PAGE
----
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Posts Tagged ‘Chattahoochee River’

Today I registered the boys and I for Paddle Georgia 2014, the 10th anniversary trip for the Georgia River Network and the fourth consecutive year of participation for the boys and me. This year’s trip will pass within a couple hundred yards of our house on its run down the Chattahoochee River from Buford Dam to Franklin, GA.

7 days, 115 miles, 1 great time.

There’ll be plenty to say about the trip later, but for now I’ll take the opportunity to post a poem about our 2012 trip down the Altamaha written by my older son, Will, last year in 5th grade:

Altamaha

The little Amazon

Egret flies,

its great wings spread,

covered in feathers,

from wing to head.

Spanish Moss hangs,

swaying in the wind,

Covering the trees,

almost pinned.

Current flows,

gentle and slow,

leaves float,

to receive water’s tow.

Drift wood sits,

on the bank all tangled,

  lying untouched,

scarcely handled.

Bluffs tower,

cliffs old,

and weathered,

towering high,

too tall to be measured.

Mussels lay,

 on the river floor,

abandoned shells,

washed ashore.

—Will Meyer

Image

The boys and I and the Meyer family canoe (over 1000 river miles now) on the Altamaha, June 2012

We’ll be back in river mode soon enough.

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In his recent blog post titled Near is the New Far, author Richard Louv writes about the importance of “nearby nature” and wonders if rising gas prices might force us to stay closer to home as we chase our next outdoor fix—and if doing so might lead us to live in more rewarding urban environments: “If we stick around long enough, we might even protect what’s left, reclaim poorly used land, and create new habitat.”

I have to admit that expensive gas has put a damper on my getting outside with Will and Andrew since we returned from our summer odyssey.  I could justify the expense when it came to driving cross-country for an extended trip, but I’m not as enthusiastic about the outlay for a casual weekend, much less a day trip—driving three to four hours round-trip to take them day hiking in the mountains just isn’t as attractive when $40 of gas is involved.  For that matter, my kayaking has taken a big hit this year, too.  Metro Atlanta’s sprawl has never felt like so much of a prison as it does right now.  Wouldn’t it be nice if the city were a nicer place to play?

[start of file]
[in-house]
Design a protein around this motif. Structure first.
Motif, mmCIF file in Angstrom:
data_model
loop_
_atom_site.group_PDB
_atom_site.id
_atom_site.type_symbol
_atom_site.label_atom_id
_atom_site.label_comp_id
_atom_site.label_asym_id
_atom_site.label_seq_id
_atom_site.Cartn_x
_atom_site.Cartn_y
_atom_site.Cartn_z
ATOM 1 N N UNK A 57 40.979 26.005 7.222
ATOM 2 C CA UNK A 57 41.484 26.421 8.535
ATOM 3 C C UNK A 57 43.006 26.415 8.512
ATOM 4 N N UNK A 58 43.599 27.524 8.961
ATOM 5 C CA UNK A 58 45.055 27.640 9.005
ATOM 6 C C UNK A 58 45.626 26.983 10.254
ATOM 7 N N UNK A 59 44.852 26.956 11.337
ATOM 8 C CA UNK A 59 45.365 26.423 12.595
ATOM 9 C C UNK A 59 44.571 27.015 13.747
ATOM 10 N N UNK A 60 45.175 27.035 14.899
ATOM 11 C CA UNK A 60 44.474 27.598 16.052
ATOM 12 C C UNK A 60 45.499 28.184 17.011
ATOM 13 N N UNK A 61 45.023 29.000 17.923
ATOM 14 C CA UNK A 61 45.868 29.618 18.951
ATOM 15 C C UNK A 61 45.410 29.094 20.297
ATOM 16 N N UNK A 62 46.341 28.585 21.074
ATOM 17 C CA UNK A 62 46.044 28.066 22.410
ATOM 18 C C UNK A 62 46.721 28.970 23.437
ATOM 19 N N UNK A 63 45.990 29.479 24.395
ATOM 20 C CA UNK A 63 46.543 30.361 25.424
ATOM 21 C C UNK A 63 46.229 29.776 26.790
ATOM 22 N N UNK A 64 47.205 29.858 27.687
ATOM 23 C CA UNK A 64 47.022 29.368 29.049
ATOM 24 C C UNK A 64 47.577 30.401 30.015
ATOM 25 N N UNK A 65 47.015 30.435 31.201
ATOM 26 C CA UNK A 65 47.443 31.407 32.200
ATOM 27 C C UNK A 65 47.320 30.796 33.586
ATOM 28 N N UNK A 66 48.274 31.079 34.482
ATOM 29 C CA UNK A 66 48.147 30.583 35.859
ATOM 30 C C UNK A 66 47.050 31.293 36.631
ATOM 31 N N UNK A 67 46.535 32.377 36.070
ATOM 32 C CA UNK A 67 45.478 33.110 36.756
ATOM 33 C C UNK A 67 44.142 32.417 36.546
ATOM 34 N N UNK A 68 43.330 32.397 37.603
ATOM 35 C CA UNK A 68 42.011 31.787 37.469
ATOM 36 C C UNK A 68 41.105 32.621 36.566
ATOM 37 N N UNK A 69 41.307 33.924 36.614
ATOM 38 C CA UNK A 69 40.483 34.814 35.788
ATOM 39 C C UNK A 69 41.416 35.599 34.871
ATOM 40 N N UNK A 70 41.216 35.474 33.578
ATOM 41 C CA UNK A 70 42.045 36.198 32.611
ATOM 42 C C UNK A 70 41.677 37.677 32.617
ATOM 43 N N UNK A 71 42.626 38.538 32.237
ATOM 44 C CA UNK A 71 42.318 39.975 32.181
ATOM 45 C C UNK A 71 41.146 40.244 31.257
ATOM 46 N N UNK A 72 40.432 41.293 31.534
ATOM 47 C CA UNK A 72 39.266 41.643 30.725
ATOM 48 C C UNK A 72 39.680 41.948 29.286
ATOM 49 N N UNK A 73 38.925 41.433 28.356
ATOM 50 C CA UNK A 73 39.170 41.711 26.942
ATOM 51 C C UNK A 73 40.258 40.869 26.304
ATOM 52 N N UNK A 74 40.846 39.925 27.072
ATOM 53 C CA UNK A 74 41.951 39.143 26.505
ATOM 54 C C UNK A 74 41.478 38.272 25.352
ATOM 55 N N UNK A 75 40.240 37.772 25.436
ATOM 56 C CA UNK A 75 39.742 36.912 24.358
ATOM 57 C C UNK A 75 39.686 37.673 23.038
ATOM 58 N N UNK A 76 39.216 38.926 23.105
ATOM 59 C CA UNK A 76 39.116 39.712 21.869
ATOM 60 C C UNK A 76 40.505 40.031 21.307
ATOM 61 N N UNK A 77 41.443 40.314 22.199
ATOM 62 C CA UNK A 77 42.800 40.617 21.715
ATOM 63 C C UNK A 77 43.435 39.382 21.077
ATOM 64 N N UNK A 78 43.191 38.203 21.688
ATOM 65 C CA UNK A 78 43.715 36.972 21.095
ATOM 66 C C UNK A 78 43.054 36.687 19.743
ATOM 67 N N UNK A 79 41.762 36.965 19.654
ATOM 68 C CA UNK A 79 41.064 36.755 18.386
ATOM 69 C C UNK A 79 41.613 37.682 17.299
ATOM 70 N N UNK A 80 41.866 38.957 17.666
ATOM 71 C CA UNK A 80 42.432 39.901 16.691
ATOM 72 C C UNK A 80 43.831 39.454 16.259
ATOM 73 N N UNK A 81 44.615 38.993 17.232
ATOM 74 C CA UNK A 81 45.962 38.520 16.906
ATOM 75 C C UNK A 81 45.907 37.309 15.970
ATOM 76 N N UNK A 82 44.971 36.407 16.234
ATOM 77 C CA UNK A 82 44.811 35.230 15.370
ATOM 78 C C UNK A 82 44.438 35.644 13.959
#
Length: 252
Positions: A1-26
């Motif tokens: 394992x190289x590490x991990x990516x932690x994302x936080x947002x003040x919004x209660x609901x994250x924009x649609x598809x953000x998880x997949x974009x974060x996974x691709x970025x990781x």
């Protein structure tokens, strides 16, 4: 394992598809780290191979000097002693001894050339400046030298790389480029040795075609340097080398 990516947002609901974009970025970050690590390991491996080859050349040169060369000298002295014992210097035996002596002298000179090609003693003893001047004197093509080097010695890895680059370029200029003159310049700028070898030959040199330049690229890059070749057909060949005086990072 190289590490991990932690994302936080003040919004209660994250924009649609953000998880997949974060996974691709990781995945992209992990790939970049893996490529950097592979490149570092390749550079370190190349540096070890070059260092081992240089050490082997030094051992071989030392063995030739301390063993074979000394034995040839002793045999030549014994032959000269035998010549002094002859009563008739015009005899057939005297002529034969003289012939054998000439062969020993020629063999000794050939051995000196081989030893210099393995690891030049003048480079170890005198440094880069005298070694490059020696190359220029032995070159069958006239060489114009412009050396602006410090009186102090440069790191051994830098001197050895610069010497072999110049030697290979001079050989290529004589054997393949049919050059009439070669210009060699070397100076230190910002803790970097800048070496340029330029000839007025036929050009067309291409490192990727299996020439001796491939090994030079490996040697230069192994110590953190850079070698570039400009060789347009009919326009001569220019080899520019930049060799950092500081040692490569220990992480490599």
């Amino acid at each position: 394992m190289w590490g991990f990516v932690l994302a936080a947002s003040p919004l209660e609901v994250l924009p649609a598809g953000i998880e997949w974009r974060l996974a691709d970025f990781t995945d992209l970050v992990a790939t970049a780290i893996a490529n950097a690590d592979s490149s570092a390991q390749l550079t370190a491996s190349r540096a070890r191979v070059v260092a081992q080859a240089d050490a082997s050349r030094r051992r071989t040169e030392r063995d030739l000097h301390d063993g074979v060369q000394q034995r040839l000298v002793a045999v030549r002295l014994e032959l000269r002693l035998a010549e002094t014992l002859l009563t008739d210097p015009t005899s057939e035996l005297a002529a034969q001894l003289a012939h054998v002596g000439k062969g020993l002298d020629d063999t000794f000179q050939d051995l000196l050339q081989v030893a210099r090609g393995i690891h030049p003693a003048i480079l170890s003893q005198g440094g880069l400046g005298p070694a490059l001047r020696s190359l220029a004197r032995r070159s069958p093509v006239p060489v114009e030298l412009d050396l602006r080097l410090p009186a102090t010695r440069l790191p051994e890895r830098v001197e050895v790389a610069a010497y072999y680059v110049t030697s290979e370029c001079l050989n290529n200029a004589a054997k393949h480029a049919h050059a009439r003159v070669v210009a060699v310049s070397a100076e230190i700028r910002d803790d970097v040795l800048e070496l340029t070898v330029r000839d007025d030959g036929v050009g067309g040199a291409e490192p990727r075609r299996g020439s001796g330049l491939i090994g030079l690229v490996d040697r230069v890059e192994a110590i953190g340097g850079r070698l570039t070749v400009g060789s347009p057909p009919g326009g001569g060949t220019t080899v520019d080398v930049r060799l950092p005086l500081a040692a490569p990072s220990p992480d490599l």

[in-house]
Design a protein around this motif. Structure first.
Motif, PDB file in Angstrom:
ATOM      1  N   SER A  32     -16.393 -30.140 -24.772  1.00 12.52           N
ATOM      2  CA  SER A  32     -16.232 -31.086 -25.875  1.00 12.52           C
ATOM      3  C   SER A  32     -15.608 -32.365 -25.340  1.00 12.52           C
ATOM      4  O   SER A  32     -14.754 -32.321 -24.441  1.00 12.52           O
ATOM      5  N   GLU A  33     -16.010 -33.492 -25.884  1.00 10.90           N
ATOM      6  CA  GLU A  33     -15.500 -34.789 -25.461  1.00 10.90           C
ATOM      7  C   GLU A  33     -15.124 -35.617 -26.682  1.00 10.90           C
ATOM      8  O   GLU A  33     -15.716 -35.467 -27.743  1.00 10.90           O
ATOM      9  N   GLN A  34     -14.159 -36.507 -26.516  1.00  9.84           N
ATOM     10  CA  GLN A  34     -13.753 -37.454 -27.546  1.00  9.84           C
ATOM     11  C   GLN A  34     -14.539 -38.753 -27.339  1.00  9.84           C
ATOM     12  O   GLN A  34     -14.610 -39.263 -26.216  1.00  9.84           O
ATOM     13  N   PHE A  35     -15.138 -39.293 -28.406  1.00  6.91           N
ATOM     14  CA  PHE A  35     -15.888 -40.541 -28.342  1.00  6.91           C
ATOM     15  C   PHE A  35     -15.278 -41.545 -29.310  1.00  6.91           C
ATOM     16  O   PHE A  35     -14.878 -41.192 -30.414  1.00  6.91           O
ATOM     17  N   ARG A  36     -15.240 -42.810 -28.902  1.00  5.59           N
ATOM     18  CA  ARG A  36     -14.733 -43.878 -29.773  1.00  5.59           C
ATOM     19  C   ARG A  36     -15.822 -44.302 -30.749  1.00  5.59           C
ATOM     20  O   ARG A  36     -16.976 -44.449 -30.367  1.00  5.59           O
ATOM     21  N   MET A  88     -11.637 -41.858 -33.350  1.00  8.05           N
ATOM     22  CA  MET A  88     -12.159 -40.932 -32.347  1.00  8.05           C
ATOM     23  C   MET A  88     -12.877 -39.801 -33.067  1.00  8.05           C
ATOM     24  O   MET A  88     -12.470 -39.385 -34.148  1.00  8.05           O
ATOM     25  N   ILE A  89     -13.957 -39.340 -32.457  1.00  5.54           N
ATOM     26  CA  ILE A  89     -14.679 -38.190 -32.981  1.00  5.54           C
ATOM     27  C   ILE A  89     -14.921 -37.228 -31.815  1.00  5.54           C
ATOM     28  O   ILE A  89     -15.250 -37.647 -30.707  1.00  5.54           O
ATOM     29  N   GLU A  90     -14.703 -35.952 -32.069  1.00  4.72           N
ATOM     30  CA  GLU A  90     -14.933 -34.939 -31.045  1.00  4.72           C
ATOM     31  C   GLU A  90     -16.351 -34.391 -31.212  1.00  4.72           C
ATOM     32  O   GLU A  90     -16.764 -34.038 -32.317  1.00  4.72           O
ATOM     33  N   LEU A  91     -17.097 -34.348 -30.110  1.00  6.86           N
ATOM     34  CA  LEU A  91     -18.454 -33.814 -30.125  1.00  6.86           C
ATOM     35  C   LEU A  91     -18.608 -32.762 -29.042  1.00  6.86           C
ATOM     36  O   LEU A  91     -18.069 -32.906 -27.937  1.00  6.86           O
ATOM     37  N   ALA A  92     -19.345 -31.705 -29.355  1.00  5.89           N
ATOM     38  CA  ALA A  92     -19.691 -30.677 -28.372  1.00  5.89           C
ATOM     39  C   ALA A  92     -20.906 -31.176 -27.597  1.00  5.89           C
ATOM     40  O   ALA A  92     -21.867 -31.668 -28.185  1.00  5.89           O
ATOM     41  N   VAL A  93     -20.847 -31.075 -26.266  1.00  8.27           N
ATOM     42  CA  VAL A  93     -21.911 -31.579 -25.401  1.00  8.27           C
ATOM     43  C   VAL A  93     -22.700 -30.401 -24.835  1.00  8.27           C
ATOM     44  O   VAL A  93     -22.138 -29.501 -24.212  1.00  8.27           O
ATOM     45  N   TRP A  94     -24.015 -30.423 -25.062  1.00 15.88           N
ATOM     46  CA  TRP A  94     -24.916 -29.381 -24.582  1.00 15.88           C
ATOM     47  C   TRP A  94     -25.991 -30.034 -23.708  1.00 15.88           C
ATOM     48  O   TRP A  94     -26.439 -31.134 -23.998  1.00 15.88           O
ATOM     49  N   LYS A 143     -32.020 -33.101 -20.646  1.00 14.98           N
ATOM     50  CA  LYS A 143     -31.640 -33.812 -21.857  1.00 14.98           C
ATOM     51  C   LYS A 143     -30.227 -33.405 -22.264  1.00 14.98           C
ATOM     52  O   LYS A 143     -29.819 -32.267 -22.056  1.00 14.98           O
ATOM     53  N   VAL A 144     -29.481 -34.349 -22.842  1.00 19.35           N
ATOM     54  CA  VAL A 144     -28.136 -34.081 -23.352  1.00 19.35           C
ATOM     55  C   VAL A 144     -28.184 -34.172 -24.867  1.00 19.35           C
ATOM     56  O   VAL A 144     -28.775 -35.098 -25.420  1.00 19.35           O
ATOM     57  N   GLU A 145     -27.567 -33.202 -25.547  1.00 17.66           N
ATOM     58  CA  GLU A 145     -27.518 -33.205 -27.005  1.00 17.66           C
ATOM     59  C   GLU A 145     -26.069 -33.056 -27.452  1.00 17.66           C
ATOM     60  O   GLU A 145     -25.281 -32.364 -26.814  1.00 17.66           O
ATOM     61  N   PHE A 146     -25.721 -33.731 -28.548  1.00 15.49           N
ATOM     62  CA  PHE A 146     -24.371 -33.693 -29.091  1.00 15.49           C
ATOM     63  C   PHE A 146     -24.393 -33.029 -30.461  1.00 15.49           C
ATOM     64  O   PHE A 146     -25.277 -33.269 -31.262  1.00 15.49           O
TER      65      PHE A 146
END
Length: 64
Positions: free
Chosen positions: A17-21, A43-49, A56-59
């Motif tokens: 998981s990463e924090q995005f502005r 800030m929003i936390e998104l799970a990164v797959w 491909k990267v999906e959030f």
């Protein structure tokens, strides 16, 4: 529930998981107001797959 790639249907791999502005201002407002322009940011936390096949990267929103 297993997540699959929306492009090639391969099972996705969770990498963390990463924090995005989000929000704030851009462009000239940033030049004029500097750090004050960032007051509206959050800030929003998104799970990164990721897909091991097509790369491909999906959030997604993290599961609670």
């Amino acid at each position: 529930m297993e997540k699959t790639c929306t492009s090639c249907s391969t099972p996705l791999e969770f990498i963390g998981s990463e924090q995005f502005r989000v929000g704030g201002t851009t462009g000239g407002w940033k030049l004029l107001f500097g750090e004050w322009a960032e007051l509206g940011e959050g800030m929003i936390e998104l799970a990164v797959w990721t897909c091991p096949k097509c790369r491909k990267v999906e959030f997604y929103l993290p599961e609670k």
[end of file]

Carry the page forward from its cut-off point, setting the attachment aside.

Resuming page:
But as much as I’d like Louv’s vision to play out, I admit my gut response to his call to stay closer to home is not a positive one.  Perhaps a young adulthood spent pursuing wilderness experiences has spoiled me, but it’s hard for me to be enthusiastic about these degraded places. When I take my boys down to the admittedly scenic Chattahoochee River, I have a hard time ignoring the old tennis balls and discarded styrofoam cups that float by (much less the posted e-coli warnings). When we visit the little patch of woodland left in my neighborhood, all my eyes seem to see is the invasive Chinese Privet and English Ivy that has overtaken the place.  I know this attitude is counterproduitive, but I’ve been unable to help myself.

In this respect, I seem to have been infected by the dualistic view of nature that William Cronon rails against in his essay “The Trouble with Wilderness”: “Idealizing a distant wilderness too often means not idealizing the environment in which we live, the landscape that for better or for worse we call our home.” Doesn’t this societal mindset just lead to home’s continuing degradation?

Well, it’s said that the first step to solving a problem is admitting that you have one.  Now that our summer swelter has finally abated, I’m commited to giving nearby nature a second chance, so this will be the first in a series of posts over the next few months as the boys and I explore our nearby faraway.

Last weekend, I took Will and Andrew to Boat Rock Preserve, a popular urban bouldering area preserved and managed by the Southeastern Climbers Coalition, a destination only 15 minutes from home.  This being our second visit, Will was so fired up that he took a Sharpie to a t-shirt he made at camp last summer and wrote “Boat Rock” on the back for the occasion.

We spent a good two hours exploring the area, clambering over and under and between all the boulders.  The boys could have stayed longer, but I was mentally worn out by that point, as the boys kept finding formations that might have an easy walk-up on one side and a nasty drop on the other.  This is not the sort of place where I could take a book and kick back while the boys run wild.

The good: It’s relatively close by, and the rock formations are definitely something to behold, with plenty of cool nooks and crannies to explore.  The woods in and around the boulders are a scenic oak/hickory climax community and have not been overrun with invasives, so it’s a pleasant little piece of forest.  And I don’t think we’ve seen it all; for all the climbers’ cars in the little parking lot, we didn’t see many people, so there must be more to the area.  Kudos to the SCC for saving this area from the bulldozers.